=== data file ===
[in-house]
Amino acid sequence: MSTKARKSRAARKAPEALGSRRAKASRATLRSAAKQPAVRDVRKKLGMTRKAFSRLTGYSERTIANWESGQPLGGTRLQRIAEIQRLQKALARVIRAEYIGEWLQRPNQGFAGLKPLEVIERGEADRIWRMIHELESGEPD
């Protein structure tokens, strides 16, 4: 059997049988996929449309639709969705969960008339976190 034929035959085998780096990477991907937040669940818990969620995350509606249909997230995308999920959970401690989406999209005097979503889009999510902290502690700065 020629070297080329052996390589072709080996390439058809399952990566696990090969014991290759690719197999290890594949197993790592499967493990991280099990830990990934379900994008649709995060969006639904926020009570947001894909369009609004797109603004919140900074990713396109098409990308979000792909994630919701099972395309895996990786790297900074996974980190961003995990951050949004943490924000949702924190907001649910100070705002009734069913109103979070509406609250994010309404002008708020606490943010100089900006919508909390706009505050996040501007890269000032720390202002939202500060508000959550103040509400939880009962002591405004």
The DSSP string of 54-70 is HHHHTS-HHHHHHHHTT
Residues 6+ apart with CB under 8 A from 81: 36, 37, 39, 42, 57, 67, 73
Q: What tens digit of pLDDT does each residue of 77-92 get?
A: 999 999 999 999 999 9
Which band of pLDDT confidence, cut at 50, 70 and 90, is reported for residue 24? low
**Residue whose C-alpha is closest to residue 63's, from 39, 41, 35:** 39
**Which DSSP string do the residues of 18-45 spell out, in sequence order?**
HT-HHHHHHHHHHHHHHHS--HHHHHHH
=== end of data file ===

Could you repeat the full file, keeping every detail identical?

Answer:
[in-house]
Amino acid sequence: MSTKARKSRAARKAPEALGSRRAKASRATLRSAAKQPAVRDVRKKLGMTRKAFSRLTGYSERTIANWESGQPLGGTRLQRIAEIQRLQKALARVIRAEYIGEWLQRPNQGFAGLKPLEVIERGEADRIWRMIHELESGEPD
């Protein structure tokens, strides 16, 4: 059997049988996929449309639709969705969960008339976190 034929035959085998780096990477991907937040669940818990969620995350509606249909997230995308999920959970401690989406999209005097979503889009999510902290502690700065 020629070297080329052996390589072709080996390439058809399952990566696990090969014991290759690719197999290890594949197993790592499967493990991280099990830990990934379900994008649709995060969006639904926020009570947001894909369009609004797109603004919140900074990713396109098409990308979000792909994630919701099972395309895996990786790297900074996974980190961003995990951050949004943490924000949702924190907001649910100070705002009734069913109103979070509406609250994010309404002008708020606490943010100089900006919508909390706009505050996040501007890269000032720390202002939202500060508000959550103040509400939880009962002591405004």
The DSSP string of 54-70 is HHHHTS-HHHHHHHHTT
Residues 6+ apart with CB under 8 A from 81: 36, 37, 39, 42, 57, 67, 73
Q: What tens digit of pLDDT does each residue of 77-92 get?
A: 999 999 999 999 999 9
Which band of pLDDT confidence, cut at 50, 70 and 90, is reported for residue 24? low
**Residue whose C-alpha is closest to residue 63's, from 39, 41, 35:** 39
**Which DSSP string do the residues of 18-45 spell out, in sequence order?**
HT-HHHHHHHHHHHHHHHS--HHHHHHH